But Harrington said afterwards that he'd made the right choice - the odds were over 3-1 in his favor. Calling was the choice with the most favorable outcome mix: not a mistake. Only with pre-knowledge of the last two cards could he have avoided the loss.

With Obama - there is an argument that based on the information available at the time, voting for him was the right decision, and thus not a mistake.

Since that time, Obama has executed various bad policies and demonstrated incompetence.

The question is: was Obama's bad Presidency as unpredictable as the cards that beat Harrington? There was evidence at the time that Obama would be incompetent; it was not clearly dispositive for most Americans, especially not centrists such as Professor Althouse. (It was for me, but our criteria differ.)

The mistake, if any, was in failing to evaluate that evidence correctly. So, Professor Althouse, in light of subsequent events, do you now think that you made such a mistake?

Harrington's decision was made on his "read" of the other player (which proved correct) and calculation of the resulting odds (which was rigorous math). He made no mistakes.

Evaluating Obama was a subjective process. Do you, now, think you made mistakes in that process?

JoyD said...

i, too, was on the fence during the Obama-McCain campaign. I was interested in and hopeful (there's that word) about Obama, whose campaign seemed to address our better angels. I was leery of his inexperience, but then I was downright appalled the more Sarah Palin TALKED. McCain worried me because he chose her. So that was that. No regrets about that part. Now we have new worries, and I suppose there always will be new worries, no matter which party is in power.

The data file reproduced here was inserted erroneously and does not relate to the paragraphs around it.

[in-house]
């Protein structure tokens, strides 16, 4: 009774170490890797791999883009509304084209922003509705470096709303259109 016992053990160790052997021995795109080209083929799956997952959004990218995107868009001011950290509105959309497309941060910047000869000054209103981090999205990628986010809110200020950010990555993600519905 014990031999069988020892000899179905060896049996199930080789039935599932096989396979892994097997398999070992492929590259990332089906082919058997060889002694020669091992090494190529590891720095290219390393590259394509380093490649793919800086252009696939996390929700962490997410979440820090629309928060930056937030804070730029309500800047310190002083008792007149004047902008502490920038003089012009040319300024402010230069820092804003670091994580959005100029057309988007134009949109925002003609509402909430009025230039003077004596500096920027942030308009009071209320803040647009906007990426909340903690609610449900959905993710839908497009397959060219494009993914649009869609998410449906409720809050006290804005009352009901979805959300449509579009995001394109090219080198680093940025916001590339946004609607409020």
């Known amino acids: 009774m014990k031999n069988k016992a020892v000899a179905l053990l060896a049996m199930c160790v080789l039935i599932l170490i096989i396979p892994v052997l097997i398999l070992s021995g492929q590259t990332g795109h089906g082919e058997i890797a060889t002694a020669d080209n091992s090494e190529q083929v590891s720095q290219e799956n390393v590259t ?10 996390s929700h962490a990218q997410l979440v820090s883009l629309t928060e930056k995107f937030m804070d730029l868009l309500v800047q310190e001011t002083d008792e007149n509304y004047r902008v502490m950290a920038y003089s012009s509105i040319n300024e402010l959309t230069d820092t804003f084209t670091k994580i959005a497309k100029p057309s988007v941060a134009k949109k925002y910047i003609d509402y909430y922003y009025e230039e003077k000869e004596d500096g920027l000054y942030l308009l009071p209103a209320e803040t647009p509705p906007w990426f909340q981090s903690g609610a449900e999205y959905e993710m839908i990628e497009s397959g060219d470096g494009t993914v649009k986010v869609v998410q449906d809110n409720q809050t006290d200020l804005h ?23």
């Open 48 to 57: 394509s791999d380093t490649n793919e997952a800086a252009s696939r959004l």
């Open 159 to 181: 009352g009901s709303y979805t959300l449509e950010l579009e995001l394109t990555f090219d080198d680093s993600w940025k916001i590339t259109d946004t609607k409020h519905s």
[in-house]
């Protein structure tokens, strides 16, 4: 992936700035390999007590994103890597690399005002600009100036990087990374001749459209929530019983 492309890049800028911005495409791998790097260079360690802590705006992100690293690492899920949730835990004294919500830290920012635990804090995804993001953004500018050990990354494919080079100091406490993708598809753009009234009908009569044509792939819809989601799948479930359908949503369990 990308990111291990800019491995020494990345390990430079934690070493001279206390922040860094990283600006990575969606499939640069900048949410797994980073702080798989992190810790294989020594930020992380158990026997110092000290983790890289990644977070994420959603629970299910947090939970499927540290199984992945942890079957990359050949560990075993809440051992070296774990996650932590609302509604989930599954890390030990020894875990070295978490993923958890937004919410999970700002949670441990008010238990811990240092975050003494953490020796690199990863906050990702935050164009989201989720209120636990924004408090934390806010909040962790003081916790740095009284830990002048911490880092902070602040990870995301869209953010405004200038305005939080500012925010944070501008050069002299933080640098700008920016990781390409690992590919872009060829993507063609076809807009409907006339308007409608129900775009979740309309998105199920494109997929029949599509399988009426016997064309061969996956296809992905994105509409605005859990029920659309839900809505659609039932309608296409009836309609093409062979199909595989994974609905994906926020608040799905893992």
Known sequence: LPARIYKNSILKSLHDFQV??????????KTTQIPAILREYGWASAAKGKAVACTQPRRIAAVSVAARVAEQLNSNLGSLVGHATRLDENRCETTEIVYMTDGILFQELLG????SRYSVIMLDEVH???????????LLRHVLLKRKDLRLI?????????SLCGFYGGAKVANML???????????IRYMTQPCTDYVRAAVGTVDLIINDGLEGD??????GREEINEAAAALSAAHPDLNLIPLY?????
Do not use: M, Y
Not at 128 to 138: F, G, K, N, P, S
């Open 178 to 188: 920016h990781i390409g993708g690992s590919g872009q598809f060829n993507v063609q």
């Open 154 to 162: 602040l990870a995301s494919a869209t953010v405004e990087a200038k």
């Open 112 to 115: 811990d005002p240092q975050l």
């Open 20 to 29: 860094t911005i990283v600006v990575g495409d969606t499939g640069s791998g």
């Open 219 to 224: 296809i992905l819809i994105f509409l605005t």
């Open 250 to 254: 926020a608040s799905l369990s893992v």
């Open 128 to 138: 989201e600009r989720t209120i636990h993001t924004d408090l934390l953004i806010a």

Michael K said...

" I was leery of his inexperience, but then I was downright appalled the more Sarah Palin TALKED. McCain worried me because he chose her. So that was that. No regrets about that part. "

Once again the antipathy that women have for other women, especially if they are pretty, rears its head. "How can that woman be pretty and smart ? Impossible !"

The recent study of girls sniping at the other girl in class depending on how she was dressed is an illustration.

MadisonMan said...

You extrapolate quite a lot from JoyD's rather bland statement.

George M. Spencer said...

Thanks, Professor.

I just finished reading a book about Grover Cleveland's presidency told through the prism of his secret surgery for oral cancer.

Like Obama, he came out of the blue, rising from Albany mayor to NY governor in about four years. He was viewed as incorruptible, heroic. His bride, 21, was a fox. (They wed in the White House. She gave birth there. Both were huge media events.) The press was his toady, nearly successfully covering up his surgery, which in those days was extremely dangerous. The word 'cancer' was never uttered and was seen as an agonizing death sentence.

When he was elected the nation was in a depression. He did all the wrong things. Quite cold hearted, Mr. Cleveland. He ordered the Army to the streets of Chicago to crush a railroad strike to the fury of that state's governor, and to get campaign funds from the sugar industry, he switched sides on a tariff bill enriching elites at the expense of shoppers. By the time he left office, the nation was still in depression. At the end, people loathed him, despised him. Today some theorize the operation permanently altered his personality--for the worse.